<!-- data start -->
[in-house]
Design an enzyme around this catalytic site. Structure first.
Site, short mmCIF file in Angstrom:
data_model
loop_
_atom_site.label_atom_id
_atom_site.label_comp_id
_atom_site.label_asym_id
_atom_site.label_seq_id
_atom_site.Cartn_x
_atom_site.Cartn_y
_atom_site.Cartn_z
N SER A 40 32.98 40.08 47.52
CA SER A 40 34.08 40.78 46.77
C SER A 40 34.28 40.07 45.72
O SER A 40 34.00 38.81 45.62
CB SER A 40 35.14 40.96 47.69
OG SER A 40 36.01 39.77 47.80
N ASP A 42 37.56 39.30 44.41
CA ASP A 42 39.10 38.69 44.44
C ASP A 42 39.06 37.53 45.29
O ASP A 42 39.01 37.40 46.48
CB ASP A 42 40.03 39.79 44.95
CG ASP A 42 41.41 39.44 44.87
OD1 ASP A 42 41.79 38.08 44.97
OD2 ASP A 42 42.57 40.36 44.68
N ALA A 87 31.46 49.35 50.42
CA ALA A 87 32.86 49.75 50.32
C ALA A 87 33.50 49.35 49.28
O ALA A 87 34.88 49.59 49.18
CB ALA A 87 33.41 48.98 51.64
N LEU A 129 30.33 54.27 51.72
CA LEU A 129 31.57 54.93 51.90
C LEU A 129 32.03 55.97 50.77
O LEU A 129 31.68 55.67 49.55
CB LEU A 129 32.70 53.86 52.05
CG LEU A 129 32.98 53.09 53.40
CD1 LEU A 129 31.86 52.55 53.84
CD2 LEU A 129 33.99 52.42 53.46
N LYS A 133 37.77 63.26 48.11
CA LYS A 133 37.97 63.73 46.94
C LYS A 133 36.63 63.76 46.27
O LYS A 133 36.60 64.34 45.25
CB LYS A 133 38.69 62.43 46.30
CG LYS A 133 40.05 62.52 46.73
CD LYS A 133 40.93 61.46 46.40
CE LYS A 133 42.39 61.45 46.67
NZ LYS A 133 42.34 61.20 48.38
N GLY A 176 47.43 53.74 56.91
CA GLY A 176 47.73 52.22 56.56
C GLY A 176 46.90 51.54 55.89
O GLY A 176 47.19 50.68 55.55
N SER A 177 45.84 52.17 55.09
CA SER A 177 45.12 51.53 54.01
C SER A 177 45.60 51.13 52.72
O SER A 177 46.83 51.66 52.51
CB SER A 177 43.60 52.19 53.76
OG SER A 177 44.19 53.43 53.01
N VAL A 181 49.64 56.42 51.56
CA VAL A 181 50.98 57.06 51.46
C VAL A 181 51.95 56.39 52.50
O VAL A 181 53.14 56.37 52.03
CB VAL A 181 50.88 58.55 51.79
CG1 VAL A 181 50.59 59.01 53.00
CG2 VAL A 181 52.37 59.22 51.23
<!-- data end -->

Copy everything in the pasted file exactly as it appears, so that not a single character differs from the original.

[in-house]
Design an enzyme around this catalytic site. Structure first.
Site, short mmCIF file in Angstrom:
data_model
loop_
_atom_site.label_atom_id
_atom_site.label_comp_id
_atom_site.label_asym_id
_atom_site.label_seq_id
_atom_site.Cartn_x
_atom_site.Cartn_y
_atom_site.Cartn_z
N SER A 40 32.98 40.08 47.52
CA SER A 40 34.08 40.78 46.77
C SER A 40 34.28 40.07 45.72
O SER A 40 34.00 38.81 45.62
CB SER A 40 35.14 40.96 47.69
OG SER A 40 36.01 39.77 47.80
N ASP A 42 37.56 39.30 44.41
CA ASP A 42 39.10 38.69 44.44
C ASP A 42 39.06 37.53 45.29
O ASP A 42 39.01 37.40 46.48
CB ASP A 42 40.03 39.79 44.95
CG ASP A 42 41.41 39.44 44.87
OD1 ASP A 42 41.79 38.08 44.97
OD2 ASP A 42 42.57 40.36 44.68
N ALA A 87 31.46 49.35 50.42
CA ALA A 87 32.86 49.75 50.32
C ALA A 87 33.50 49.35 49.28
O ALA A 87 34.88 49.59 49.18
CB ALA A 87 33.41 48.98 51.64
N LEU A 129 30.33 54.27 51.72
CA LEU A 129 31.57 54.93 51.90
C LEU A 129 32.03 55.97 50.77
O LEU A 129 31.68 55.67 49.55
CB LEU A 129 32.70 53.86 52.05
CG LEU A 129 32.98 53.09 53.40
CD1 LEU A 129 31.86 52.55 53.84
CD2 LEU A 129 33.99 52.42 53.46
N LYS A 133 37.77 63.26 48.11
CA LYS A 133 37.97 63.73 46.94
C LYS A 133 36.63 63.76 46.27
O LYS A 133 36.60 64.34 45.25
CB LYS A 133 38.69 62.43 46.30
CG LYS A 133 40.05 62.52 46.73
CD LYS A 133 40.93 61.46 46.40
CE LYS A 133 42.39 61.45 46.67
NZ LYS A 133 42.34 61.20 48.38
N GLY A 176 47.43 53.74 56.91
CA GLY A 176 47.73 52.22 56.56
C GLY A 176 46.90 51.54 55.89
O GLY A 176 47.19 50.68 55.55
N SER A 177 45.84 52.17 55.09
CA SER A 177 45.12 51.53 54.01
C SER A 177 45.60 51.13 52.72
O SER A 177 46.83 51.66 52.51
CB SER A 177 43.60 52.19 53.76
OG SER A 177 44.19 53.43 53.01
N VAL A 181 49.64 56.42 51.56
CA VAL A 181 50.98 57.06 51.46
C VAL A 181 51.95 56.39 52.50
O VAL A 181 53.14 56.37 52.03
CB VAL A 181 50.88 58.55 51.79
CG1 VAL A 181 50.59 59.01 53.00
CG2 VAL A 181 52.37 59.22 51.23